Job hunting can be stressful and often requires just as much work as a full-time position. You likely have a full plate between revamping your resume, filling out applications, and scheduling interviews. However, it may surprise you that some employers can also look at your credit history when considering you for a position. Your current employer may even pull your credit report if you are seeking a promotion.
If you are anxious about what your current or future employer may see on your credit report, it is essential to contact an experienced FCRA attorney to review your options. Your attorney can help ensure your consumer rights are protected and advise you on the best path forward.
Why an Employer May Check Your Credit
While each employer may have different motivations for checking your credit report, the most common reason is to evaluate an applicant’s ability to handle money. This is especially common if you are applying for a finance sector position or another career where managing money is part of the job. The employer will not be able to see your credit score, but they will be able to see the accounts you have opened, the amount of time it’s been open, and if you made your payments on time. However, they will not be able to see your account numbers or any information on your spouse.
Many employers believe that an applicant skilled at managing their own finances would apply that same level of care to finance-related projects at work. On the other hand, if an employer does not think an applicant has a handle on their finances, they may not want them managing the assets of the company or their clients. In most states, including Florida, an employer can legally deny someone employment based on their credit history. Since the stakes are high, it may be in your best interest to review your credit with a credit repair attorney so that you can dispute any inaccuracies that could cause concern.
What Are My Rights When an Employer Checks My Credit?
When an employer checks your credit as part of a pre-employment background check, they must comply with Fair Credit Reporting Act (FCRA) regulations. An employer is legally obligated to do the following things when they check your credit:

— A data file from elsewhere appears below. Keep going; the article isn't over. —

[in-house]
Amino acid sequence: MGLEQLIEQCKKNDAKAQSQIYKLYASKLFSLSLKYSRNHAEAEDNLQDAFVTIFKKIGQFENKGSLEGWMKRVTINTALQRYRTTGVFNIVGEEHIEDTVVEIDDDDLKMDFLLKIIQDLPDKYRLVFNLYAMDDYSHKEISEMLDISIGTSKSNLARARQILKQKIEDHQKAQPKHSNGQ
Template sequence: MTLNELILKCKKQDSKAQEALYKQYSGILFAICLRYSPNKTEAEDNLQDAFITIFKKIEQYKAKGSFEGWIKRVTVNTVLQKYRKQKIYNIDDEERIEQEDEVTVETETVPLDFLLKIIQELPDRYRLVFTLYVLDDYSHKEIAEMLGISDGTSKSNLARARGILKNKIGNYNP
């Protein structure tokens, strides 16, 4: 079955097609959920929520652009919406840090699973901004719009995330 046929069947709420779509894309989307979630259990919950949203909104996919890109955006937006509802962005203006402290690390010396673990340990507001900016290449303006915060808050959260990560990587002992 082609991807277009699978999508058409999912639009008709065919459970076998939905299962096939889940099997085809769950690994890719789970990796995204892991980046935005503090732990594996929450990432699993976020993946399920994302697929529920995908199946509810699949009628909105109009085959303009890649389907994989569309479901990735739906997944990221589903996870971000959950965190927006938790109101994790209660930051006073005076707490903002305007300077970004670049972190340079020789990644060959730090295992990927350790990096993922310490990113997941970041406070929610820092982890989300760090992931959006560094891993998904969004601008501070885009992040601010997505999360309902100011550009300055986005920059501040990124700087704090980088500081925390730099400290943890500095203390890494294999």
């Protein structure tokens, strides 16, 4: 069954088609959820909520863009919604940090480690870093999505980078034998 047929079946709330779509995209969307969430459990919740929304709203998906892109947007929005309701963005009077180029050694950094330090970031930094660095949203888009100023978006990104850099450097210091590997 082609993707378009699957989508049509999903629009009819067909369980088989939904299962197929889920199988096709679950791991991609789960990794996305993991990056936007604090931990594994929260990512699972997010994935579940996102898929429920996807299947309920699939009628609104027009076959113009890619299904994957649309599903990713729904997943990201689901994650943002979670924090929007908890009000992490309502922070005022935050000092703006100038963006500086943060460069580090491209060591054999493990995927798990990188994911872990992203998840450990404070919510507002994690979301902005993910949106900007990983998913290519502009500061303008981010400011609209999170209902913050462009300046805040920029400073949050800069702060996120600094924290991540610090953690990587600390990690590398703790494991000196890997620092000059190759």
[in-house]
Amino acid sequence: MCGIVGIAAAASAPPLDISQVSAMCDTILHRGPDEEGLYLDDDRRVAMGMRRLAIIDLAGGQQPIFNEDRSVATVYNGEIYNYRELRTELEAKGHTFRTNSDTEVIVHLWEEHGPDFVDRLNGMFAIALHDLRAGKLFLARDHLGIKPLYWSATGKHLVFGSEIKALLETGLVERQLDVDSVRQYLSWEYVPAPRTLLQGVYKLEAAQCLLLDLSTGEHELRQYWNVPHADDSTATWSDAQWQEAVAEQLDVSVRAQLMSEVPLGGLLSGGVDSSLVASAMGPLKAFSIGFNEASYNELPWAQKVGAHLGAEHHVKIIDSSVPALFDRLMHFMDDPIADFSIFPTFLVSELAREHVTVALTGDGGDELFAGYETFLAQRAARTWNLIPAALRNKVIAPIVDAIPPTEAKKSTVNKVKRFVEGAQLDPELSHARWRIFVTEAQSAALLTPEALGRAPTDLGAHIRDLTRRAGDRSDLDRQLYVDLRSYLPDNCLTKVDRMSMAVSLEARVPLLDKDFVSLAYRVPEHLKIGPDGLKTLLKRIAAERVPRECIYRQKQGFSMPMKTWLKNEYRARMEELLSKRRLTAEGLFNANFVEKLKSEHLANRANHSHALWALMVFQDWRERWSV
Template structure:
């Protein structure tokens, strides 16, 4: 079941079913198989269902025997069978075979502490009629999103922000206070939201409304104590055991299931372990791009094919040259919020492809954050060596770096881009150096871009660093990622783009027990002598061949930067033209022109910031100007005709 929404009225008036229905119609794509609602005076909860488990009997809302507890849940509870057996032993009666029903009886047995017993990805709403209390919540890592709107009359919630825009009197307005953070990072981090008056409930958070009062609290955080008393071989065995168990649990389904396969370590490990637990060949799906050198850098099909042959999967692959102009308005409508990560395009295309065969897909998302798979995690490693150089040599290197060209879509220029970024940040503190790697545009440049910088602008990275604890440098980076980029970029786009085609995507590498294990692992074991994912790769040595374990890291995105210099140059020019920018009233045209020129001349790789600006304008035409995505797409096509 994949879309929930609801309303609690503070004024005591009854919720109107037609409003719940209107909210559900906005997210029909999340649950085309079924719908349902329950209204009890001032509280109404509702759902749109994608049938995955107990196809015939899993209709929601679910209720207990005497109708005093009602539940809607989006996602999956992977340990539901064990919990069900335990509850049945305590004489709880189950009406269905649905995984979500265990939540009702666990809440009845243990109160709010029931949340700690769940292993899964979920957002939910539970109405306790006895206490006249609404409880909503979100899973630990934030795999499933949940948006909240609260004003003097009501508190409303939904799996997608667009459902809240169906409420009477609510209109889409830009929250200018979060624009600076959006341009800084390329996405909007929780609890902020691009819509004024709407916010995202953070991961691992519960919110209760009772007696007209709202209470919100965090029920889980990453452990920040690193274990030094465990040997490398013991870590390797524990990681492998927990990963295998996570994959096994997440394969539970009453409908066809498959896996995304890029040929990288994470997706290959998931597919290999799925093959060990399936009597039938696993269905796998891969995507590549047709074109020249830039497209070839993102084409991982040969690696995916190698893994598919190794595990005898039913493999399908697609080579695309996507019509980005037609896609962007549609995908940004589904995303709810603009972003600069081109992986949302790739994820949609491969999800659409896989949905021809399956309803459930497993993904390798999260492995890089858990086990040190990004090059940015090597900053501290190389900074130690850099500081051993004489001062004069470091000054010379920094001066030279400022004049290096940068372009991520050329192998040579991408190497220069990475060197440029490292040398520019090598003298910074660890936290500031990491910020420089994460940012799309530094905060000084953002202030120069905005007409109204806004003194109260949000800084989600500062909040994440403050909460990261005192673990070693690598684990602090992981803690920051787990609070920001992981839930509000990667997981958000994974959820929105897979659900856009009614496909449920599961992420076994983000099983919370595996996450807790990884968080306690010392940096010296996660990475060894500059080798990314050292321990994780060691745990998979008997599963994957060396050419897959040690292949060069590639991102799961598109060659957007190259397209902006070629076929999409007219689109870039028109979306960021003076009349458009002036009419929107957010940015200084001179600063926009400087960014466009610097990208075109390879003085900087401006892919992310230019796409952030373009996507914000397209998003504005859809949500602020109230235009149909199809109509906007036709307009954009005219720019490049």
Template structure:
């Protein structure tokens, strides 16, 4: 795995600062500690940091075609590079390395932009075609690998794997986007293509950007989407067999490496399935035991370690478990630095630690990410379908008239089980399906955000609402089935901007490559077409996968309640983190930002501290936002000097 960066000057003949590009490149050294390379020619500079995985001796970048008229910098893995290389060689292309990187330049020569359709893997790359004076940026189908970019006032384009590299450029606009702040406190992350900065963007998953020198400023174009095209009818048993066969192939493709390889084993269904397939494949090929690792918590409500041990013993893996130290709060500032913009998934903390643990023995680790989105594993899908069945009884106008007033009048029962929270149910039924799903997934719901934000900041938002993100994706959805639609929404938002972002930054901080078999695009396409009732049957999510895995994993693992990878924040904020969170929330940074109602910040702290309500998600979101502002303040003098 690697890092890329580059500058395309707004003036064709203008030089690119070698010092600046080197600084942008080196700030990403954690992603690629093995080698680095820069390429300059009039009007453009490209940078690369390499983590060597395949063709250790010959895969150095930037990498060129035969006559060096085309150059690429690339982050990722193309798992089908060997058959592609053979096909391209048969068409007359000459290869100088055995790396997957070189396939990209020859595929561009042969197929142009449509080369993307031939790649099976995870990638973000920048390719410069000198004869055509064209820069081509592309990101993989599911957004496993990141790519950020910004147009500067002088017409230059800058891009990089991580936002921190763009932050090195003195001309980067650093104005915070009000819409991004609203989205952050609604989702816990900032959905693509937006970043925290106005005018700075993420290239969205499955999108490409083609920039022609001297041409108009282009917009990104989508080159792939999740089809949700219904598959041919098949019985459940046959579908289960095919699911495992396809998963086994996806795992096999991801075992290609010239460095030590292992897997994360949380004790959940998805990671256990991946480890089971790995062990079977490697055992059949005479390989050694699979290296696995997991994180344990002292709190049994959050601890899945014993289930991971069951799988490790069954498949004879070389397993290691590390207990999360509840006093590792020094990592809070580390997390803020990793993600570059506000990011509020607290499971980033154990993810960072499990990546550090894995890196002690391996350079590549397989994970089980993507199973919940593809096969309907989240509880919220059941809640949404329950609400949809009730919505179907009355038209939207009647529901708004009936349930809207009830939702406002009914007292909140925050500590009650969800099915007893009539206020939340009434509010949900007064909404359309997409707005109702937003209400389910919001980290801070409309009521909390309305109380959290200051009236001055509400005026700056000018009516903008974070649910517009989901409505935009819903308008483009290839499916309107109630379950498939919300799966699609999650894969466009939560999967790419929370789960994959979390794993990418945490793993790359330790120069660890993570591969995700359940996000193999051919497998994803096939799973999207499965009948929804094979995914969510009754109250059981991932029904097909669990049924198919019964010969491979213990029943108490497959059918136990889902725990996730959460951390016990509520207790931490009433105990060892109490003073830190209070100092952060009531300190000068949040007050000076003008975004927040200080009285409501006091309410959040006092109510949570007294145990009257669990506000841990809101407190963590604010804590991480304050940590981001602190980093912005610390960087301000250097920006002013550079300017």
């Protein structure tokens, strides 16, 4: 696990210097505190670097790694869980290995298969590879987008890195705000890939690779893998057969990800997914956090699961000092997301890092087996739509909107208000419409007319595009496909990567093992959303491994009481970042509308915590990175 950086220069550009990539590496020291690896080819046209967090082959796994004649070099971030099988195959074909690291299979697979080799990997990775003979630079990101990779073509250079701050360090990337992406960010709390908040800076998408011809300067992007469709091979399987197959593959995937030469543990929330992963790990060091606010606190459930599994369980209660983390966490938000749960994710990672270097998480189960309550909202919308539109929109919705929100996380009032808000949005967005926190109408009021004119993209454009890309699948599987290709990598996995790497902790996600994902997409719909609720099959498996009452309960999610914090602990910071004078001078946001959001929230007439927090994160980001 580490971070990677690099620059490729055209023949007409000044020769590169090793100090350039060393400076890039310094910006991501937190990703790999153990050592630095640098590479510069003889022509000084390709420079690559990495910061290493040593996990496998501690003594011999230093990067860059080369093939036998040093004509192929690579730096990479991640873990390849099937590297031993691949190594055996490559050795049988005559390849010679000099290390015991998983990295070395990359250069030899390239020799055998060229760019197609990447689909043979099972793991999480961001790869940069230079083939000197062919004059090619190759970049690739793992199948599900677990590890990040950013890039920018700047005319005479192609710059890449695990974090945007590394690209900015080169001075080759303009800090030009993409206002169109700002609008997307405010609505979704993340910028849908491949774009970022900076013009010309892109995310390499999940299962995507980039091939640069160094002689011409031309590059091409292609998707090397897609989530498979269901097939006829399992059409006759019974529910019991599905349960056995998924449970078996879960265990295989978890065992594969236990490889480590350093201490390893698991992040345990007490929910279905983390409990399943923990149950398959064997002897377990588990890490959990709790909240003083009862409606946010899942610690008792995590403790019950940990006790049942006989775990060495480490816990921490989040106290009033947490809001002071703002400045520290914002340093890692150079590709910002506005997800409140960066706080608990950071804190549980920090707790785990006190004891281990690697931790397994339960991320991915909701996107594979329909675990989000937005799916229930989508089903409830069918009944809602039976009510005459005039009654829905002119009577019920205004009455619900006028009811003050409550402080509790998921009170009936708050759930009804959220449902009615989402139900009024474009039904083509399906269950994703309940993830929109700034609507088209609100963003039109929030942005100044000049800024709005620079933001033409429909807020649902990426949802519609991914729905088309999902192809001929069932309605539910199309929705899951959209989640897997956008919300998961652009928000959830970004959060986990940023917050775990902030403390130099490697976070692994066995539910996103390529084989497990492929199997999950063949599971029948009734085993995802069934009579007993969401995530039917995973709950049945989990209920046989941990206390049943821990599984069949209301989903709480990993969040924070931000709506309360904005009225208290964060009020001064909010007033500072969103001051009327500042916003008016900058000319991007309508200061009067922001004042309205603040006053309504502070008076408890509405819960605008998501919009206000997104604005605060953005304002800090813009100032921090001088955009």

- Let you know in writing that the information in the background and credit check will be used to inform their hiring decisions
- Receive permission from you in writing before they request the credit report
- Let you know if you have been removed from consideration due to the information in your credit report
- Provide you with a copy of the report if you are rejected based on your credit
- Give you a written or oral explanation of why your credit was grounds for not hiring you
- Allow time for you to dispute the contents of the report
- Securely destroy your credit report and any information contained in it
If the employer fails to follow any of the above procedures, they may be in violation of the FCRA. A skilled FCRA attorney can review the details of your case and report to see if your rights have been violated.
Talk to an Expert FCRA Attorney in Fort Lauderdale
If you are unsure of how to handle a pre-employment credit check, a trusted FCRA attorney may be able to help. Attorney Jibrael S. Hindi of the Law Offices of Jibrael S. Hindi has dedicated his career to protecting the rights of consumers in the Fort Lauderdale area. He and his team of legal professionals advocate for their clients so they can stand up to any company that has violated their rights. Our firm takes cases on a contingency basis whereby the firm does not get paid unless a recovery is obtained on your behalf. To schedule a free consultation with a member of our highly-qualified team, call us today at (954) 907-1136 or reach out through our contact form.